Turning to other topics, Peter Scholze continues to come up with new ideas about the foundations of mathematics at a pace far too fast for me to fool myself into thinking I might be able to follow what he’s doing. In recent months he has run a course on “Condensed Mathematics”, which involves new ideas about topology developed with Dustin Clausen. For a video of a recent talk where he explains this, see here.
On the Langlands/representation theory front, some interesting things are:
Several new papers addressing different points of view about geometric Langlands are out, including a very recent one from Etingof, Frenkel and Kazhdan. For some background on the relation of this to work by Langlands himself, see here and here. For some geometric Langlands-related work of a different sort, see here and here.
Finally, the 2019 PCMI was devoted to the topic of Quantum Field Theory and Manifold Invariants, videos are here.
Sean Carroll’s new (available in stores early September) book, Something Deeply Hidden, is a quite good introduction to issues in the understanding of quantum mechanics, unfortunately wrapped in a book cover and promotional campaign of utter nonsense. Most people won’t read much beyond the front flap, where they’ll be told:
Most physicists haven’t even recognized the uncomfortable truth: physics has been in crisis since 1927. Quantum mechanics has always had obvious gaps—which have come to be simply ignored. Science popularizers keep telling us how weird it is, how impossible it is to understand. Academics discourage students from working on the “dead end” of quantum foundations. Putting his professional reputation on the line with this audacious yet entirely reasonable book, Carroll says that the crisis can now come to an end. We just have to accept that there is more than one of us in the universe. There are many, many Sean Carrolls. Many of every one of us.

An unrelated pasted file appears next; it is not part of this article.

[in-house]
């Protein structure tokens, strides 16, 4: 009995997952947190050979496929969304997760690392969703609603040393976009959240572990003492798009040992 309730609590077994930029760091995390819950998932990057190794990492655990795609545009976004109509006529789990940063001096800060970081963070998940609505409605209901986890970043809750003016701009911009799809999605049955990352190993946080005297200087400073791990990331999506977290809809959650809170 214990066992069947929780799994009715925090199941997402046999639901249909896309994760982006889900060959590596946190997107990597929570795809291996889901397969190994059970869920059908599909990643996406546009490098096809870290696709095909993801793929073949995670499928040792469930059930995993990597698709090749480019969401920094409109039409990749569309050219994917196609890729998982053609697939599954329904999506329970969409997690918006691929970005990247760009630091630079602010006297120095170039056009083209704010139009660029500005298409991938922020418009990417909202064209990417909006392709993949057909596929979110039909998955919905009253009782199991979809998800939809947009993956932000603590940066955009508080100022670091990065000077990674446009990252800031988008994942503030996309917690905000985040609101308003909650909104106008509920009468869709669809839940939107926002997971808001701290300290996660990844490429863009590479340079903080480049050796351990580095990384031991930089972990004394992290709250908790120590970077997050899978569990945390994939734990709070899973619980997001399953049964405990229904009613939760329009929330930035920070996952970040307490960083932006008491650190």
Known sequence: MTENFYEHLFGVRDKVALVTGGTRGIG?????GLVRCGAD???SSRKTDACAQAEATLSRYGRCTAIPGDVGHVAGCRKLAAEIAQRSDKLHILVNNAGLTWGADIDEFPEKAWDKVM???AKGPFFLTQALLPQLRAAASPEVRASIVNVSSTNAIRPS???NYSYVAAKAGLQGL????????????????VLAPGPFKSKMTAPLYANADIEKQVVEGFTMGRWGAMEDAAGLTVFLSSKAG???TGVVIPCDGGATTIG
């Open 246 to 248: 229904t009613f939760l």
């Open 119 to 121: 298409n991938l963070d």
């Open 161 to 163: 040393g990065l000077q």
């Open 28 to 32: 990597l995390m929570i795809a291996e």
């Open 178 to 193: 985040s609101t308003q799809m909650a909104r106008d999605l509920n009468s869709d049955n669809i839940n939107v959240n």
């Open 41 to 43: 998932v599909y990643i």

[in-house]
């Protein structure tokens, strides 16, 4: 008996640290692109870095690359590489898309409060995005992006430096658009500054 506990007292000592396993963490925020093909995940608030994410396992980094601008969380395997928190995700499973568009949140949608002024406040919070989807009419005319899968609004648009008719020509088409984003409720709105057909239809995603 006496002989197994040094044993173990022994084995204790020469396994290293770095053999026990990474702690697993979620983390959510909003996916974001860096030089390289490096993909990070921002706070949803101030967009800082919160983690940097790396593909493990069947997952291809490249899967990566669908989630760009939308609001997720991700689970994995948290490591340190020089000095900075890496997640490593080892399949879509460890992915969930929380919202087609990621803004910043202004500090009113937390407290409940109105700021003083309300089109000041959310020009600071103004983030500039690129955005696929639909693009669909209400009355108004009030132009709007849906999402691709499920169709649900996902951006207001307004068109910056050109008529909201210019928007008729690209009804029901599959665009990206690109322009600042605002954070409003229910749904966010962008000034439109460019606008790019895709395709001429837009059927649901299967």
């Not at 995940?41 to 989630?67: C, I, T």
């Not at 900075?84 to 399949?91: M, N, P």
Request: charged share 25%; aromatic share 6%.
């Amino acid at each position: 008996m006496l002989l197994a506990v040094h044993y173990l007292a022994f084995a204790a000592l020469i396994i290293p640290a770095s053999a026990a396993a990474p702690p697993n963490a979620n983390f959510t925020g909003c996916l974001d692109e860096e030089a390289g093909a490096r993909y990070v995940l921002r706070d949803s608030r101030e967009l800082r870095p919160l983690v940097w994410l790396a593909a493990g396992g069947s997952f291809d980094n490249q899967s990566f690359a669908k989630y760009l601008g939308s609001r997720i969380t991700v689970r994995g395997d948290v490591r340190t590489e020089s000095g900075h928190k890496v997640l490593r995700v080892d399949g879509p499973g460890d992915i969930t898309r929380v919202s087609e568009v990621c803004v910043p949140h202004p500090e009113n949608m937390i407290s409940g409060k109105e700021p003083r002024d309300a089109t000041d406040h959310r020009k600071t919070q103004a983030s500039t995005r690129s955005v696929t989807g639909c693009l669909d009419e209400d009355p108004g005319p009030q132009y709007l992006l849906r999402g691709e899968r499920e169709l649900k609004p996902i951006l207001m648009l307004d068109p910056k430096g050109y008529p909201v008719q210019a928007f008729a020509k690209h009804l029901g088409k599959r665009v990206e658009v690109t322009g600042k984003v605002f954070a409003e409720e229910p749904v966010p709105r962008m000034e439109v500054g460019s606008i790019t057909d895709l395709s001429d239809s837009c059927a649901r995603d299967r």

This kind of ridiculous multi-worlds woo is by now rather tired, you can find variants of it in a host of other popular books written over the past 25 years. The great thing about Carroll’s book though is that (at least if you buy the hardback) you can tear off the dust jacket, throw it away, and unlike earlier such books, you’ll be left with something well-written, and if not “entirely reasonable”, at least mostly reasonable.